20 March 2012

Equinox, or how to define things properly

Google reminded me of Equinox today.
Equinox is defined as a point on the trajectory (and hence a point in time) of the Earth around the Sun at which the line L joining the Sun and the Earth and the axis A around which the Earth revolves are perpendicular to one another. Since A remains, approximately, fixed in space, it turns out that there are exactly two equinoxes (a simple consequence of the intermediate value theorem for continuous functions).

Compare this simple definition with the one given on Wikipedia:

An equinox occurs twice a year, when the tilt of the Earth's axis is inclined neither away from nor towards the Sun, the center of the Sun being in the same plane as the Earth's equator. The term equinox can also be used in a broader sense, meaning the date when such a passage happens. The name "equinox" is derived from the Latin aequus (equal) and nox (night), because around the equinox, the night and day have approximately equal length.
At an equinox, the Sun is at one of two opposite points on the celestial sphere where the celestial equator (i.e. declination 0) and ecliptic intersect. These points of intersection are called equinoctial points: classically, thevernal point and the autumnal point. By extension, the term equinox may denote an equinoctial point.
An equinox happens each year at two specific moments in time (rather than two whole days), when there is a location (the subsolar point) on the Earth's equator, where the center of the Sun can be observed to be vertically overhead, occurring around March 20 and September 22 each year.

Such a simple concept, but such a convoluted definition. No wonder that many people have little understanding of trivial facts, such as the equinox.

Of course, we should not forget that the definition above will not satisfy some creationists, for whom the Earth does not move, because--they claim--the Vatican believes the same thing, and because their religious texts say so (blessed are the poor in spirit, for theirs is the kingdom of heaven; Matthew 5:3).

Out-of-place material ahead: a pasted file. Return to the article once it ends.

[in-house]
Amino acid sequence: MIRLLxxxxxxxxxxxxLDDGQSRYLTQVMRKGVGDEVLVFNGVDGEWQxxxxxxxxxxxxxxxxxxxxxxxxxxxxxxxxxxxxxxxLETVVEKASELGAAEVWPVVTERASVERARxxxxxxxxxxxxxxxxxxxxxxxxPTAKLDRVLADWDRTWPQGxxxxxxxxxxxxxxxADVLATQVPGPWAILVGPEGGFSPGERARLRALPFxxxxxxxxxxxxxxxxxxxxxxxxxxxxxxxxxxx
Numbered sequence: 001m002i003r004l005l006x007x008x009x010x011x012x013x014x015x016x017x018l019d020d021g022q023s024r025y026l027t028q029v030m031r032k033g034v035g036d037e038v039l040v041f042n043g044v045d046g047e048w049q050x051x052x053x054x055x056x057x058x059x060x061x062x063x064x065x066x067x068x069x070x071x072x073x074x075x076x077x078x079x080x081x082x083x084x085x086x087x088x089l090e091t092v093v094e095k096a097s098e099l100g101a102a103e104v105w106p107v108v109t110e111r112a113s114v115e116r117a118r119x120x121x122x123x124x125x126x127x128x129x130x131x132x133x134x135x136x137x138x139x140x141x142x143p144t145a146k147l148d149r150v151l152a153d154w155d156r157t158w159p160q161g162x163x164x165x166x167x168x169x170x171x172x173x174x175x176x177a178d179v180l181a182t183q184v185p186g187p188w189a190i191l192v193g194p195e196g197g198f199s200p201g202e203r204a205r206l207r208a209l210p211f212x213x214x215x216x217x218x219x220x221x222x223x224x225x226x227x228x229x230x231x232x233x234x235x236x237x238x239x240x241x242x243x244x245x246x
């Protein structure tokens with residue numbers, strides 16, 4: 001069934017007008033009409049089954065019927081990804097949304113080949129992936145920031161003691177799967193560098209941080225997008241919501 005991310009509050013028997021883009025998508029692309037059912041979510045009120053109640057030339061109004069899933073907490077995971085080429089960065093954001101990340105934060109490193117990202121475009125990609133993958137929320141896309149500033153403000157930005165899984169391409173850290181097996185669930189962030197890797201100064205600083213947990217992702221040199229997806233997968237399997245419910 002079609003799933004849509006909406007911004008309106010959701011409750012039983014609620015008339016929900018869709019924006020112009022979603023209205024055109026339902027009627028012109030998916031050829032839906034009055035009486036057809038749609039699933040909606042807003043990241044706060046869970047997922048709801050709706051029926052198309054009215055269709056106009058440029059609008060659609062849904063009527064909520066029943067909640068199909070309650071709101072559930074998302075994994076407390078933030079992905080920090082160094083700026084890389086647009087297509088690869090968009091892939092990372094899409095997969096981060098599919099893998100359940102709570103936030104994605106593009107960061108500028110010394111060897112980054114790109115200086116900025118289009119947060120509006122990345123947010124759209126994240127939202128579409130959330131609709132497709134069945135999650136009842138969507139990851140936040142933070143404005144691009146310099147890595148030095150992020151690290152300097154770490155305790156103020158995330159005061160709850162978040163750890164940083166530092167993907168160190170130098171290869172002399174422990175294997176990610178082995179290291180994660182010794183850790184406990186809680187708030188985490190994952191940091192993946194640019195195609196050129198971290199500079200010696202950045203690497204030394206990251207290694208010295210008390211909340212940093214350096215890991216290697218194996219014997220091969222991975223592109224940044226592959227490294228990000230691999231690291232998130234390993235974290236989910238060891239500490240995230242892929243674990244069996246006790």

P.S. The Earth's rotational axis, denote by A above, is not really fixed but moves very very slowly. So slowly that it takes 26 thousand years to complete a cycle. Today, A points towards the star Polaris (the commonly known Northern Star), but 10 thousand years ago it did not. This phenomenon is known as precession of the equinoxes because, as a result of it, the equinoxes change very very slowly too. It was described by the ancient astronomer Ptolemy, about 2000 years ago, who attributed it to Hipparchus who was born 200 years before Prolemy.

No comments:

Post a Comment


What measure theory is about

It's about counting, but when things get too large.
Put otherwise, it's about addition of positive numbers, but when these numbers are far too many.

The principle of dynamic programming

max_{x,y} [f(x) + g(x,y)] = max_x [f(x) + max_y g(x,y)]

The bottom line

Nuestras horas son minutos cuando esperamos saber y siglos cuando sabemos lo que se puede aprender.
(Our hours are minutes when we wait to learn and centuries when we know what is to be learnt.) --António Machado

Αγεωμέτρητος μηδείς εισίτω.
(Those who do not know geometry may not enter.) --Plato

Sapere Aude! Habe Muth, dich deines eigenen Verstandes zu bedienen!
(Dare to know! Have courage to use your own reason!) --Kant